While I do not expect most CEOs to know off the top of their heads what they spend annually on the training function, I do expect them to have a rough idea of how much is budgeted. In most instances when I have asked that question though, I find that the CEO rattles off a ballpark figure these days without blinking.
Ten years ago the CEO would have had to look it up to even give a ballpark amount, but today they are very focused on dollars being spent and training is no different from most department in the organization, or is it?
You see part two of my question is always along the line of “how much of that budget is returned on the investment?” In other words, if you spend $500,000 a year on the total training function of salary, benefits, facilities, systems and materials, how many dollars are saved or earned as a result of that money being spent on training?
What I usually get is a lot of stammering, and not even the willingness to guess how much is returned on the investment. So while this economy is driving the CEO to be conscious of spending, it has not yet filtered down to training as a department that should return on the investment.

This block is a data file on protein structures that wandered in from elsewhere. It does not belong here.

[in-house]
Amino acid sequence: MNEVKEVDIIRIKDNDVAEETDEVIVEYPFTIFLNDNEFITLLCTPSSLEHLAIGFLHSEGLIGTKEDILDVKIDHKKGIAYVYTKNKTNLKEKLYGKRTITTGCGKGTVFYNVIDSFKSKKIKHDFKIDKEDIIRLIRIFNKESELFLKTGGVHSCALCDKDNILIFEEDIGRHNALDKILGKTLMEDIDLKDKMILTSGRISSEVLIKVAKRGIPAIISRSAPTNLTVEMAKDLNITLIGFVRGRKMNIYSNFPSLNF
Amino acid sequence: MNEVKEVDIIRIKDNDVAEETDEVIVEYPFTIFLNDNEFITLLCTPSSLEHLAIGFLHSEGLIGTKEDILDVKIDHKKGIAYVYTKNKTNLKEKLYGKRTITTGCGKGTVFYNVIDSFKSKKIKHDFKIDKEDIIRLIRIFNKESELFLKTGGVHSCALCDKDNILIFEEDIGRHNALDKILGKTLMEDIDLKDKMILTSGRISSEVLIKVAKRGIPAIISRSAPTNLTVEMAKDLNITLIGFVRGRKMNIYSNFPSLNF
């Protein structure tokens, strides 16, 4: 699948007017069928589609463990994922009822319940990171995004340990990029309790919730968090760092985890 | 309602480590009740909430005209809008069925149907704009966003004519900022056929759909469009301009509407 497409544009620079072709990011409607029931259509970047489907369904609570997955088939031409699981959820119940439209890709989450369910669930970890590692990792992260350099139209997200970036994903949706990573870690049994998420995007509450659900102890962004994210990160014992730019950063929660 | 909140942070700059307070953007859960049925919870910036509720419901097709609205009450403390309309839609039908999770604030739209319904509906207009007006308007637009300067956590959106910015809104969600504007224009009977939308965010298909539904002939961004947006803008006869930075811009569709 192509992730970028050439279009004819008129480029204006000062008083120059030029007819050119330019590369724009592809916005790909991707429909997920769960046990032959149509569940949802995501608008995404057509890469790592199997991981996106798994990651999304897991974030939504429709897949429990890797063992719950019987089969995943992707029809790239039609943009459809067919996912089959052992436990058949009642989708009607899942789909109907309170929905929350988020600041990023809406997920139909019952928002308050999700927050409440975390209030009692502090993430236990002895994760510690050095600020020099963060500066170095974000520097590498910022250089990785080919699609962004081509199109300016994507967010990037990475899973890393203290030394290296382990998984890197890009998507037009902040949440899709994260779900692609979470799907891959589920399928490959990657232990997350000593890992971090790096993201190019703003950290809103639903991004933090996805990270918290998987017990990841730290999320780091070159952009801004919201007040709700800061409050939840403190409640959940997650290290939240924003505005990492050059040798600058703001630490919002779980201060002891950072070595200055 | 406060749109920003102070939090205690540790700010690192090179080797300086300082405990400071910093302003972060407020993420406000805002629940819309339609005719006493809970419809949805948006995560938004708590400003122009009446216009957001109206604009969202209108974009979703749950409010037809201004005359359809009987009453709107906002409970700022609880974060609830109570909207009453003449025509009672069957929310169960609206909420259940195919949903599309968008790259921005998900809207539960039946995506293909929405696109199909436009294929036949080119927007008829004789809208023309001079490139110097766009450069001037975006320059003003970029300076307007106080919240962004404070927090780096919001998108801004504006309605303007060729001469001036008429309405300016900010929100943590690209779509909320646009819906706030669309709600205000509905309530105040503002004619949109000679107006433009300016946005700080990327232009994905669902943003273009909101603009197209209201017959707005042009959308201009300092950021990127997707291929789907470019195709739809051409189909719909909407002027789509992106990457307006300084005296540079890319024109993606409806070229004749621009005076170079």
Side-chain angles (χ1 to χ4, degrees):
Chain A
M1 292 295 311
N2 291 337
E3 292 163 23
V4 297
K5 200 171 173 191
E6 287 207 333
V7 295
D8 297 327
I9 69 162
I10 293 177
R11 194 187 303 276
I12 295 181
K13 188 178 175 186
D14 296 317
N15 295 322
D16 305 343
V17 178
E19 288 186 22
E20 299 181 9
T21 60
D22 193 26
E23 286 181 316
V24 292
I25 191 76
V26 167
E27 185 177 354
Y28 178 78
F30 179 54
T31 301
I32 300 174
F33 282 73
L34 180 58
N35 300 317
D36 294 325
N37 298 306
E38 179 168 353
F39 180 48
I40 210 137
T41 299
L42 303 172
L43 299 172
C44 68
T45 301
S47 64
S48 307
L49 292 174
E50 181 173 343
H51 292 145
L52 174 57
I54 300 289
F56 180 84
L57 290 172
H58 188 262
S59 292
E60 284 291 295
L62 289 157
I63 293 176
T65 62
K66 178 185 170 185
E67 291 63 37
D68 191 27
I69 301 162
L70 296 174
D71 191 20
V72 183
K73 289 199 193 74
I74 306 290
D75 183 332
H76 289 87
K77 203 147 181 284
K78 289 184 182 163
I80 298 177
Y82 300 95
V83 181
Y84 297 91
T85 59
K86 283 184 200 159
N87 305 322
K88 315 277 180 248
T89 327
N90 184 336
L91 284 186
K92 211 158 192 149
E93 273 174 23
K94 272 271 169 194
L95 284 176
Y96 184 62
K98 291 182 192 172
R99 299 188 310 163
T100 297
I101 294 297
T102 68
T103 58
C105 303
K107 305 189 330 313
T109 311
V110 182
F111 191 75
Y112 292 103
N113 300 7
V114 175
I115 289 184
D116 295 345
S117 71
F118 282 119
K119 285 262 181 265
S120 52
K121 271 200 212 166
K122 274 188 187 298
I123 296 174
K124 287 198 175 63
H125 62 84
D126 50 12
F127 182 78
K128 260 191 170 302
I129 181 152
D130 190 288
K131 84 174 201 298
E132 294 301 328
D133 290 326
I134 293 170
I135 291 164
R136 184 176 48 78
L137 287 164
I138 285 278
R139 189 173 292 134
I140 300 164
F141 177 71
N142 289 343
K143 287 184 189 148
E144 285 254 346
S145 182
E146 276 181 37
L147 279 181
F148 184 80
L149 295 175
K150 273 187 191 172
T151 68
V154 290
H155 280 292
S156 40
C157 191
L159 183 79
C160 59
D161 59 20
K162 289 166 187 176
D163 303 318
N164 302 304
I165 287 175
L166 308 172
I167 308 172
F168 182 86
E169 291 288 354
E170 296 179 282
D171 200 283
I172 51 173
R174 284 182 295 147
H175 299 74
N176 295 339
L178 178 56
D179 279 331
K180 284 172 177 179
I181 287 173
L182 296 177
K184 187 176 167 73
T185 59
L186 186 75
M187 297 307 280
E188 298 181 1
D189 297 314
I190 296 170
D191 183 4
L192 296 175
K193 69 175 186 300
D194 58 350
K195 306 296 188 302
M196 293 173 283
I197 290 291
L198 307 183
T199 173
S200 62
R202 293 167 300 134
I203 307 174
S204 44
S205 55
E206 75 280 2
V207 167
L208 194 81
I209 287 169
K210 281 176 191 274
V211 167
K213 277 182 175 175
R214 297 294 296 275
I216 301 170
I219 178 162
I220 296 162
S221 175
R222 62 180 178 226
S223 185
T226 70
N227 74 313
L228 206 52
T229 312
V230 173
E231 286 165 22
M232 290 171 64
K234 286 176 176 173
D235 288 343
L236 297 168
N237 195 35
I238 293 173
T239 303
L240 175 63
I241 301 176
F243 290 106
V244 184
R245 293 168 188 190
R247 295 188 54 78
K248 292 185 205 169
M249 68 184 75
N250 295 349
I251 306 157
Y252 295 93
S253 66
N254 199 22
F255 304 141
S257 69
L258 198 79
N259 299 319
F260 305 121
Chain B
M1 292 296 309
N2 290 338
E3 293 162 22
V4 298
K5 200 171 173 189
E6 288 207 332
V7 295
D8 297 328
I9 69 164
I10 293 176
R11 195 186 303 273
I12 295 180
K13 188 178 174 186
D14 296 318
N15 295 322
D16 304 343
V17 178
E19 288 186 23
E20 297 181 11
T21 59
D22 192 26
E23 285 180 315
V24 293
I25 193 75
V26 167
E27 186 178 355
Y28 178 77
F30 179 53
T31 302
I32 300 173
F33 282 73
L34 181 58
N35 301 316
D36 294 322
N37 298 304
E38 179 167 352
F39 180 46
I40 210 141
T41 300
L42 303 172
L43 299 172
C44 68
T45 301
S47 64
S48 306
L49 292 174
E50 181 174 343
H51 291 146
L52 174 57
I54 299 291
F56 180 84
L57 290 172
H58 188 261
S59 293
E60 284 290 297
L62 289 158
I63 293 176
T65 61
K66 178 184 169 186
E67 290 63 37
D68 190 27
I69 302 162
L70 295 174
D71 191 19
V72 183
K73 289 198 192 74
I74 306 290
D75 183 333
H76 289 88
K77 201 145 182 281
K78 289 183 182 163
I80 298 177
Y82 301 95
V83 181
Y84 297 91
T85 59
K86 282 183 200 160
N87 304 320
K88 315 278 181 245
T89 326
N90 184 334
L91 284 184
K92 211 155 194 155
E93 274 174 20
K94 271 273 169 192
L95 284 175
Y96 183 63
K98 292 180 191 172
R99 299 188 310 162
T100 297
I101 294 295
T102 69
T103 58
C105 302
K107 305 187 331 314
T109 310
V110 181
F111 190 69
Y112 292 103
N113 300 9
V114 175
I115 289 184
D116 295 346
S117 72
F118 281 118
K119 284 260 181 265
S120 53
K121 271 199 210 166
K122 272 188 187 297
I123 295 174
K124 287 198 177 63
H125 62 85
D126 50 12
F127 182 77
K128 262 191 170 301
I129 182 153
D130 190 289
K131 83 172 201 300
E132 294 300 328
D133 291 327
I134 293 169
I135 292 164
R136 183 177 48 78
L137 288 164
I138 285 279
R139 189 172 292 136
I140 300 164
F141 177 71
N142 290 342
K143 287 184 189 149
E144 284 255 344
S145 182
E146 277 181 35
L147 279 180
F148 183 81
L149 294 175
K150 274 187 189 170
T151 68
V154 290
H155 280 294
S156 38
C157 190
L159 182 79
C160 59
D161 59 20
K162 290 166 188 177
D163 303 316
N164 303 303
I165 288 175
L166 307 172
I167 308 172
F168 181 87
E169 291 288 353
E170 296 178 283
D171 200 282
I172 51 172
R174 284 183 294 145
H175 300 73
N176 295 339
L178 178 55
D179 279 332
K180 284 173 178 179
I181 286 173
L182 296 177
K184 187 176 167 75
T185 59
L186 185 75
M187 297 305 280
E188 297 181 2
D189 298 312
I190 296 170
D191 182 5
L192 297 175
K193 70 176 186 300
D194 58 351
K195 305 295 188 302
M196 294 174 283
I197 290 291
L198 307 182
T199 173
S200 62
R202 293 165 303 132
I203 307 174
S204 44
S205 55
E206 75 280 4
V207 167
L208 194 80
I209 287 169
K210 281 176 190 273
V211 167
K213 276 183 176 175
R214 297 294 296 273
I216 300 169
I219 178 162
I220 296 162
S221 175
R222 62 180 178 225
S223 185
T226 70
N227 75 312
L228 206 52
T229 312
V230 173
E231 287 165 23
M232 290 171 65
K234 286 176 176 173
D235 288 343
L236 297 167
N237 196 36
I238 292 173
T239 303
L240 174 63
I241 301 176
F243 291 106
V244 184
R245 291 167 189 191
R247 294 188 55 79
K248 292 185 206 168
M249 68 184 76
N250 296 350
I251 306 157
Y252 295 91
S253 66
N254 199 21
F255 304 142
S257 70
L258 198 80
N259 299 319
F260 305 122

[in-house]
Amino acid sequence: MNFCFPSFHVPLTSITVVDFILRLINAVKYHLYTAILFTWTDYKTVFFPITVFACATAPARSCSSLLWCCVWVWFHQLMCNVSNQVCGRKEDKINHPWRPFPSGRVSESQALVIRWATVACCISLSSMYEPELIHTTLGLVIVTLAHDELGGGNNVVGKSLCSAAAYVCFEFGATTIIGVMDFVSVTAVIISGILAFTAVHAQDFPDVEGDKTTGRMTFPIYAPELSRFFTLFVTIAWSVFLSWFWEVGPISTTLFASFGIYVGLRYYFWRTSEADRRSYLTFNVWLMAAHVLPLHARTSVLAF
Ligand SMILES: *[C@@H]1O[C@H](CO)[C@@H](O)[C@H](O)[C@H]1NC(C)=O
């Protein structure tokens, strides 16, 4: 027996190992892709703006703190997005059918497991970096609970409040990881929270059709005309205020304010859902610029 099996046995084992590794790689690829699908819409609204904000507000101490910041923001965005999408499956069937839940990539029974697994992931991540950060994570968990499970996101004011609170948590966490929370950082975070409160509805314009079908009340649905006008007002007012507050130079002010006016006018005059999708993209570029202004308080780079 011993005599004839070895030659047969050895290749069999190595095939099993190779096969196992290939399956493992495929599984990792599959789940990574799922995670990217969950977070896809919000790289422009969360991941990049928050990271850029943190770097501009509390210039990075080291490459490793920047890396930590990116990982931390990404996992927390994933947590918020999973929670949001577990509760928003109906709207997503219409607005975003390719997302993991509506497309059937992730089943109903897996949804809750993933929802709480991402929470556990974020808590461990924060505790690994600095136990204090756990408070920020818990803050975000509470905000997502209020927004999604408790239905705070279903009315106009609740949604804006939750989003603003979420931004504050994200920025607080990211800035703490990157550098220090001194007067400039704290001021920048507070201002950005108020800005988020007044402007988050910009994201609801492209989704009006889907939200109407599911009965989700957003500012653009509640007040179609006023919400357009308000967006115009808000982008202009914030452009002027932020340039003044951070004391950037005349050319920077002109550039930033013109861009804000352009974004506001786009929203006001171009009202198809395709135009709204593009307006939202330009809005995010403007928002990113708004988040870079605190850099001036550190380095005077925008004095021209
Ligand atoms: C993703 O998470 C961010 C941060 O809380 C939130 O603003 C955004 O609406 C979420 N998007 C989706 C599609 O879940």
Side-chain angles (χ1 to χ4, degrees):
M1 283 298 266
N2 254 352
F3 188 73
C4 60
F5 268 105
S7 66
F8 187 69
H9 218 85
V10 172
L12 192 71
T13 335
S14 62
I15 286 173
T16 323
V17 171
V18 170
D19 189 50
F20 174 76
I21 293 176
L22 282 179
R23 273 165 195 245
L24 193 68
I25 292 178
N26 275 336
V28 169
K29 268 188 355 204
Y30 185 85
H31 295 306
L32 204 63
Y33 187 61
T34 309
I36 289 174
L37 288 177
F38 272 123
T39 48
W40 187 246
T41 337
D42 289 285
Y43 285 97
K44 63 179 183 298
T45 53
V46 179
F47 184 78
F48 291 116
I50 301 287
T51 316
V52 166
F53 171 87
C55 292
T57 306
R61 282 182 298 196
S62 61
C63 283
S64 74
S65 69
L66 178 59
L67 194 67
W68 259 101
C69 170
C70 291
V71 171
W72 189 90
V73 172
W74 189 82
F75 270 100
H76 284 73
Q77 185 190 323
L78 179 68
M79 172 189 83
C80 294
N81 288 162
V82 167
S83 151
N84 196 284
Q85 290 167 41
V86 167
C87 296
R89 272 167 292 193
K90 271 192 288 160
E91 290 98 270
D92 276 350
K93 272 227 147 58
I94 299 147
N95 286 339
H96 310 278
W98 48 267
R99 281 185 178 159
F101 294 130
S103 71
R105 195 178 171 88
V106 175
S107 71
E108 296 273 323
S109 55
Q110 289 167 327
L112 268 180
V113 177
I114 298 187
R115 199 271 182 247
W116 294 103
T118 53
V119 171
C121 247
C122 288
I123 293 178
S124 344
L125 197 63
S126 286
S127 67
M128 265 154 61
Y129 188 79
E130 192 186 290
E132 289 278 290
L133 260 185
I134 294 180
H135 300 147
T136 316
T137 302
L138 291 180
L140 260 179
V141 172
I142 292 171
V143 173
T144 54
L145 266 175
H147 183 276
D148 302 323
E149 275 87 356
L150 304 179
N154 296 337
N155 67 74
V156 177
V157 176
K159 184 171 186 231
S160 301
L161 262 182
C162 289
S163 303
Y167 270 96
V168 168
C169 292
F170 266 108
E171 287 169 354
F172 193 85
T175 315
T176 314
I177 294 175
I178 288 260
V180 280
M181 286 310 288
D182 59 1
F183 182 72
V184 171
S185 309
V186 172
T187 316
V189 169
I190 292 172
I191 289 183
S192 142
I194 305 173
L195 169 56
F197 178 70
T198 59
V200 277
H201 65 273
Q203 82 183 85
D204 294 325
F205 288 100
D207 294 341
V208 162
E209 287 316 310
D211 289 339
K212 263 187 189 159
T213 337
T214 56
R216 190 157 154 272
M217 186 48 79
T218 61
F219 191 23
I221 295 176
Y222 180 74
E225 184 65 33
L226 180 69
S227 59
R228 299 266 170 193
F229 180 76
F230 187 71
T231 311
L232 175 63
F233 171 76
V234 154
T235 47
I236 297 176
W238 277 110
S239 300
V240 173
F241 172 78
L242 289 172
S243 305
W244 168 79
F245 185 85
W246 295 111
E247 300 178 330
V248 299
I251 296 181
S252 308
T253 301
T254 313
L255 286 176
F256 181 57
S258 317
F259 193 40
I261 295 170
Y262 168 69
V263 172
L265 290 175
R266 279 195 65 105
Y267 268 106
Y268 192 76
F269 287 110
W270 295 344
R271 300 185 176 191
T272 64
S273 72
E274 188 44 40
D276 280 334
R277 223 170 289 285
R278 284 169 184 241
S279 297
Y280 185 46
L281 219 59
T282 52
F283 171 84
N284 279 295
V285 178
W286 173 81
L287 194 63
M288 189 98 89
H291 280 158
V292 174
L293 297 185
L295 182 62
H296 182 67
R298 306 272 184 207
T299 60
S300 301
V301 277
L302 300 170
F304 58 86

My position is simple in this area. Whatever is spent on training should somehow be tracked in improved sales, retained customers and employees, reduced recruiting costs, and reducing liability claims for starters. If you are not getting your money back on training, then training is not doing a good job, or demonstrating their value.
When training is unhealthy, lacking competencies and has no accountability, it is only by luck that they produce a return on investment. The sad truth is that an unhealthy training function will not get better on its own. It needs a transfusion of new talent, leadership or a consultant to treat the illness.
Although the first part of my question to a CEO is relatively easy these days, I am finding that part two is rather difficult for them to answer. Yet I try to impress on them that just because it is difficult to answer doesn’t mean they should avoid finding the answer. Money spent these days on any function, needs to return a value, or it needs to be eliminated from the expense column.